The Coalition noted that today, “it would seem impossible for a consultant pharmacist to be competent in their review without the information, tools, data, and other resources provided through continuing education.”  In addition, they maintained that “greater educational requirements for physicians could be instrumental in reducing unnecessary prescriptions.”   The Coalition concluded its comments by recognizing how “CME serves an irreplaceable role in disseminating this information to health care professionals and should be a focus of the Department’s response to these concerns.”

June 28, 2012

Patient Centered Outcomes Research Institute Announces First Round of Grant Recieptents

Biotech Financing
After receiving more than 800 grant applications, the Patient-Centered Outcomes Research Institute (PCORI) recently announced $30 million over two years in funding awards for comparative-effectiveness research. 

PCORI was created to conduct research to provide information about the best available evidence to help patients and their health care providers make more informed decisions.  PCORI’s research is intended to give patients a better understanding of the prevention, treatment and care options available, and the science that supports those options.  Its mission is to fund research that offers patients and caregivers the information they need to make important healthcare decisions.  PCORI focuses on CER that compares options for preventing disease and providing treatment and care by:   

  1.  Identifying national priorities for research.
  2.  Creating a research agenda based on identified priorities.
  3. Funding research consistent with these priorities and agenda.
  4. Providing patients and their caregivers with useful research information.  

Fifty pilot projects “led by creative and innovative researchers” will focus on engaging patients in the health research and dissemination process, PCORI said.  The agency selected the recipients, in part, for their innovative ways to address challenges of improving patient-centered care and decision-making. 

Awards, approved for research institutions in 24 states and the District of Columbia, include those for projects designed to develop a range of tools and techniques aimed at 

  • improving patient-centered care and decision-making;
  • creating a new patient-centered care measures; and
  • improving the delivery of patient-centered counseling and care in various health care settings. 

The Pilot Projects were selected by PCORI‘s Board of Governors through a competitive, multi-stage review process. Proposals were evaluated for their scientific merit and rigor and fit within the eight areas of interest outlined in the pilot projects announcement. All awards have been approved pending completion of a business review and a formal award agreement with PCORI.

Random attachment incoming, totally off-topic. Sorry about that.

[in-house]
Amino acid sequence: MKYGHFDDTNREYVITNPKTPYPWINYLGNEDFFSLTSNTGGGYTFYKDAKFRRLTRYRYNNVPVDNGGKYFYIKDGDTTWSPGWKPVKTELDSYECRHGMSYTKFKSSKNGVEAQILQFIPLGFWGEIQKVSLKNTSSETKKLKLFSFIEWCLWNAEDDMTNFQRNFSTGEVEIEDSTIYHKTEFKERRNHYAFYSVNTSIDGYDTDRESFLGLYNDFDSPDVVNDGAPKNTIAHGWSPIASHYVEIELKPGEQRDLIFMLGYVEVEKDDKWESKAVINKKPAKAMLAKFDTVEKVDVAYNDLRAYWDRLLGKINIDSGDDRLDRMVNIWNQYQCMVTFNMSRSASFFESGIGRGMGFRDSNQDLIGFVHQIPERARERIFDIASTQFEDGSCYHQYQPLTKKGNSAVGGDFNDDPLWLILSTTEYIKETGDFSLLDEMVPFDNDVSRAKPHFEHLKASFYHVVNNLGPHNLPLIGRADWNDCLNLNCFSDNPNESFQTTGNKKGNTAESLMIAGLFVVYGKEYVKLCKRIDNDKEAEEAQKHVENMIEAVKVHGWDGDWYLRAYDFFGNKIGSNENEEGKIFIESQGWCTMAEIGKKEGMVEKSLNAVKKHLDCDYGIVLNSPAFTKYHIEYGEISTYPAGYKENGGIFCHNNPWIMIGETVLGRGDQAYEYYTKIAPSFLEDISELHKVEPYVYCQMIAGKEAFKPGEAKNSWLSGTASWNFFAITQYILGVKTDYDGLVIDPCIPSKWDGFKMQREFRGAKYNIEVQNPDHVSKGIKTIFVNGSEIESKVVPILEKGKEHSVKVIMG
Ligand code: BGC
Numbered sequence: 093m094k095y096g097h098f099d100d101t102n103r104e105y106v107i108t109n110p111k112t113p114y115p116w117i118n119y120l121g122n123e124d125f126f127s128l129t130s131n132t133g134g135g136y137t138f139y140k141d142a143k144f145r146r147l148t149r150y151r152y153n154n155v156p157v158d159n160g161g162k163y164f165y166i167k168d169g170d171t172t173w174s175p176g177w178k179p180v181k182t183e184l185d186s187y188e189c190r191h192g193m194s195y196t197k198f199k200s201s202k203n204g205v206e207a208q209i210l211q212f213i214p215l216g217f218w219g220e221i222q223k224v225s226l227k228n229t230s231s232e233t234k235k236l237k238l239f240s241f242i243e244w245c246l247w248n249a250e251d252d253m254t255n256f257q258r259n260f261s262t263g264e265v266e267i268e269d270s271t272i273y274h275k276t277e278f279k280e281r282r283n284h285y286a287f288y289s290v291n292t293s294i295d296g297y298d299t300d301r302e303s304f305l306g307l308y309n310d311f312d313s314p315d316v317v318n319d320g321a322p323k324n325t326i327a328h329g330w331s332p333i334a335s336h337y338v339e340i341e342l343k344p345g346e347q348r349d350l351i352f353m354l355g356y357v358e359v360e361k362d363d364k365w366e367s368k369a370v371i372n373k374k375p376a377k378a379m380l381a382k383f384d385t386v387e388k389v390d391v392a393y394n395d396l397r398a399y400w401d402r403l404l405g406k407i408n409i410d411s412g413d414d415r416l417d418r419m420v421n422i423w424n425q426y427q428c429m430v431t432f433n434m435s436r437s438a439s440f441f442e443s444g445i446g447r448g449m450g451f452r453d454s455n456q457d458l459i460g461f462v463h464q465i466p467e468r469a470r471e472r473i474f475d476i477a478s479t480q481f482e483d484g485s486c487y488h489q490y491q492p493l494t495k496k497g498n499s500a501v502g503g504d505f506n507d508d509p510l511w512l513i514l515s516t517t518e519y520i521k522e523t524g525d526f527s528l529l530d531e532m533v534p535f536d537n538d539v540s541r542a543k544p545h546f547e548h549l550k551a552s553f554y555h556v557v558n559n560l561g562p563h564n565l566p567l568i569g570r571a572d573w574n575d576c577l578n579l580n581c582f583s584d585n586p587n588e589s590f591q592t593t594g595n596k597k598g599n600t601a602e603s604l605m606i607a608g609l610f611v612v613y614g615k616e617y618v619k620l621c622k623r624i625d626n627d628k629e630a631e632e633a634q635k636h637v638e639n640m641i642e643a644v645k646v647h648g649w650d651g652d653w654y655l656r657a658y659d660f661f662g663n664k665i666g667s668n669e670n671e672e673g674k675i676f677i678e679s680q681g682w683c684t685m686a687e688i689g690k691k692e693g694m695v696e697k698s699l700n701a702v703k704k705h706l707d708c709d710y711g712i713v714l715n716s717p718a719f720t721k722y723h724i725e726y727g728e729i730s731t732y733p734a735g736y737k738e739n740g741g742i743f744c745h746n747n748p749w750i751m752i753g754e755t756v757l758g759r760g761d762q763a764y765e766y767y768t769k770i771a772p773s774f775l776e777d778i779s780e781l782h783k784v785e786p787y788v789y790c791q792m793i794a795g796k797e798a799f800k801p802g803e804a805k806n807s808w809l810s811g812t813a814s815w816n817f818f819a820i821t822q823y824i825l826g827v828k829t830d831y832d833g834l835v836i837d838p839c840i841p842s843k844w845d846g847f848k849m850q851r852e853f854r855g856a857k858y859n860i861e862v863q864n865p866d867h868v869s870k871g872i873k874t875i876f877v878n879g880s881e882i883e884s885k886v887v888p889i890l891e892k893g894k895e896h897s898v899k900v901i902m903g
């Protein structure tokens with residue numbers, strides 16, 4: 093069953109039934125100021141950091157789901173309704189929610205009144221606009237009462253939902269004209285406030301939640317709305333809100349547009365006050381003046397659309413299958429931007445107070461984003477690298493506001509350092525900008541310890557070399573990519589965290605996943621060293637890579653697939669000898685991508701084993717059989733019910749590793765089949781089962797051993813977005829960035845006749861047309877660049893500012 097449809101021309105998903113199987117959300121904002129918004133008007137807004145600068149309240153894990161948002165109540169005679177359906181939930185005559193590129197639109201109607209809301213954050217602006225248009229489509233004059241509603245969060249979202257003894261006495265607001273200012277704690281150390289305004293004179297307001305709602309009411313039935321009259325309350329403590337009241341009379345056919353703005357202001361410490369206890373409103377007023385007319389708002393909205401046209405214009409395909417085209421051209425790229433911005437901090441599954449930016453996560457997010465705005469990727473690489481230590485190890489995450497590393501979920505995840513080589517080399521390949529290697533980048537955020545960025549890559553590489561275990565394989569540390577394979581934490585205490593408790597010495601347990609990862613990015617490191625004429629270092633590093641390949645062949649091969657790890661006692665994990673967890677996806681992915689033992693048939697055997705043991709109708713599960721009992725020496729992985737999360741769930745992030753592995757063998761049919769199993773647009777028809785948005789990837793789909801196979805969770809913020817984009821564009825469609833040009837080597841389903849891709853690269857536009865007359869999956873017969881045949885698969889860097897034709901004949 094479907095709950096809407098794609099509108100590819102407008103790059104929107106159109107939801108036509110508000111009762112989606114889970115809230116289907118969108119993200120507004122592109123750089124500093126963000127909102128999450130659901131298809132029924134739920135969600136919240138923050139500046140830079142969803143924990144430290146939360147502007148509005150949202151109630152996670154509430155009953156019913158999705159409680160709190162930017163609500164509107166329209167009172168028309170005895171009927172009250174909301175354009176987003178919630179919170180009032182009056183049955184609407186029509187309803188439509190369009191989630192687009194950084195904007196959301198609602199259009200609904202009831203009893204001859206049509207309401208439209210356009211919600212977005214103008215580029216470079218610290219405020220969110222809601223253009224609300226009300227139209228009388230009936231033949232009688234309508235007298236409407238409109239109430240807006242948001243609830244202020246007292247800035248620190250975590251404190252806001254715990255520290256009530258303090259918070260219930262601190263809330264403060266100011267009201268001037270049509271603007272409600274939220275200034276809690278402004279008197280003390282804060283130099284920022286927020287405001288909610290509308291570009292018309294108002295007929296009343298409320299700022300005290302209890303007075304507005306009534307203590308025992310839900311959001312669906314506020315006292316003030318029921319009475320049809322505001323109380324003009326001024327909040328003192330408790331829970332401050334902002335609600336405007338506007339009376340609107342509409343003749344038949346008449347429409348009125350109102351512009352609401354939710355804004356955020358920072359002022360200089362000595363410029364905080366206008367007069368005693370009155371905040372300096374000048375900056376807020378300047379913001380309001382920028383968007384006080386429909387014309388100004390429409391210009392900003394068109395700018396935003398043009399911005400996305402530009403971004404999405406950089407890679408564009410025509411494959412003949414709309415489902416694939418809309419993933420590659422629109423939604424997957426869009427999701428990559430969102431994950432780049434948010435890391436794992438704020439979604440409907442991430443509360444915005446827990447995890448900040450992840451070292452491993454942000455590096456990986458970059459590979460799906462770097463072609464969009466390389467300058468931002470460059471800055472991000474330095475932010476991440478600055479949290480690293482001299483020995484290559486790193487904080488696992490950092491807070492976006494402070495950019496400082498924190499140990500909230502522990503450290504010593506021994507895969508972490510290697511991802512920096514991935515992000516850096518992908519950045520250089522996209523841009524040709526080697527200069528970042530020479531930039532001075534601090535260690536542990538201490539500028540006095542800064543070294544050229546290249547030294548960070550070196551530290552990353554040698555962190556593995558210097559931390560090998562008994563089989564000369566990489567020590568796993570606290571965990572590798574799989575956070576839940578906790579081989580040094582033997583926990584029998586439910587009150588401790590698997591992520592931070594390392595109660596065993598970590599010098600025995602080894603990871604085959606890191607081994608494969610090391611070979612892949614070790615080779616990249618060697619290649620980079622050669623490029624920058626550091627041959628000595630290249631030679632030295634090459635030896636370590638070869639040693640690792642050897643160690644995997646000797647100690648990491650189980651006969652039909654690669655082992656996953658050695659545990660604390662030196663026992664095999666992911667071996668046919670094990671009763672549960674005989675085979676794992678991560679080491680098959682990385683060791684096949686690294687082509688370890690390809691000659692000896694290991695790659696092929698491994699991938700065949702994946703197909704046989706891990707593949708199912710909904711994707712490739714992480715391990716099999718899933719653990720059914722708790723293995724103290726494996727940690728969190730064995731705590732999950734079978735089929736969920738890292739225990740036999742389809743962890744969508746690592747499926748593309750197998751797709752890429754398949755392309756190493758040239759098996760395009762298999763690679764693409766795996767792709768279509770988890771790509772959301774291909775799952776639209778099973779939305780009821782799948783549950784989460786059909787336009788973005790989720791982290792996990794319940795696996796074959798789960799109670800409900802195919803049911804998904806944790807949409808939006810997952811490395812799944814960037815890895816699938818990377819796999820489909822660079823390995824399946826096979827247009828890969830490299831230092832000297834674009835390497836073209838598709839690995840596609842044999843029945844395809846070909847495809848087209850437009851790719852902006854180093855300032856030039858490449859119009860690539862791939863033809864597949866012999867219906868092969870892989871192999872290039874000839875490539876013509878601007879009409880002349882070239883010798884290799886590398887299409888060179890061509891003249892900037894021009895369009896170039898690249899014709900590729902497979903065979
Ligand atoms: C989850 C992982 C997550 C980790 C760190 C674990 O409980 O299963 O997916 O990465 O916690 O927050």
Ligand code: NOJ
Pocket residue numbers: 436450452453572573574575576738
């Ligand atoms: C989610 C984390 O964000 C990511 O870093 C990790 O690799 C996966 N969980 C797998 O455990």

“These projects will improve our understanding of how to conduct research and disseminate research findings in ways that are more responsive to the needs of patients and the health care community,” said PCORI Executive Director Joe Selby, MD, MPH.  “We are excited to have approved funding for 50 projects nationwide, led by creative and innovative researchers.  “Their work will help us establish a foundation for patient-centered research that will give patients, caregivers and clinicians the information and tools they need every day.” 

For instance, University of California, Los Angeles, won more than $300,000 to determine how providing transportation to appointments, conducting case management assessments or performing community outreach for low-income patients affects the delivery of medical care, according to the pilot project abstract.  Other examples of grants include: 

  • Addressing Mental Health Needs of Rural African Americans (University of Arkansas for Medical Sciences)
  • Promoting Patient-Centered Counseling to Reduce Inappropriate Diagnostic Tests (University of California, Davis)
  • Development and Pilot of Three Patient Decision Aids for Implanted Defibrillators (University of Colorado School of Medicine)
  • Integrating Patient-Centered Outcomes in Arthritis Clinical Care (Johns Hopkins University) 

The University of California, Davis, won almost $700,000 to enhance physicians' patient-centered counseling skills to reduce inappropriate or unnecessary care, while the Palo Alto (Calif.) Medical Foundation Research Institute collected roughly $675,000 to test interventions designed to improve patient-centered communication and make shared decision-making routine among providers. Last month, the research instate found that many patients surrender their authority to physicians because they fear being labeled "difficult." According to the study, 48 Bay Area patients said they held back from challenging their physicians or asking questions, worried that such actions would lead to inferior care or a damaged relationship. 

“The impressive volume of high-quality funding applications we received persuaded us to expand the program beyond its original scope to ensure we are capturing as much valuable information as possible to support our patient-centered research efforts,” said PCORI Board of Governors member Christine Goertz, DC, PhD, who led the Pilot Projects Program effort. “The Pilot Projects will allow PCORI to learn more about evidence-based methods and strategies, with an emphasis on effectively involving patients in the entire research process, from the selection of research topics to the dissemination of results.”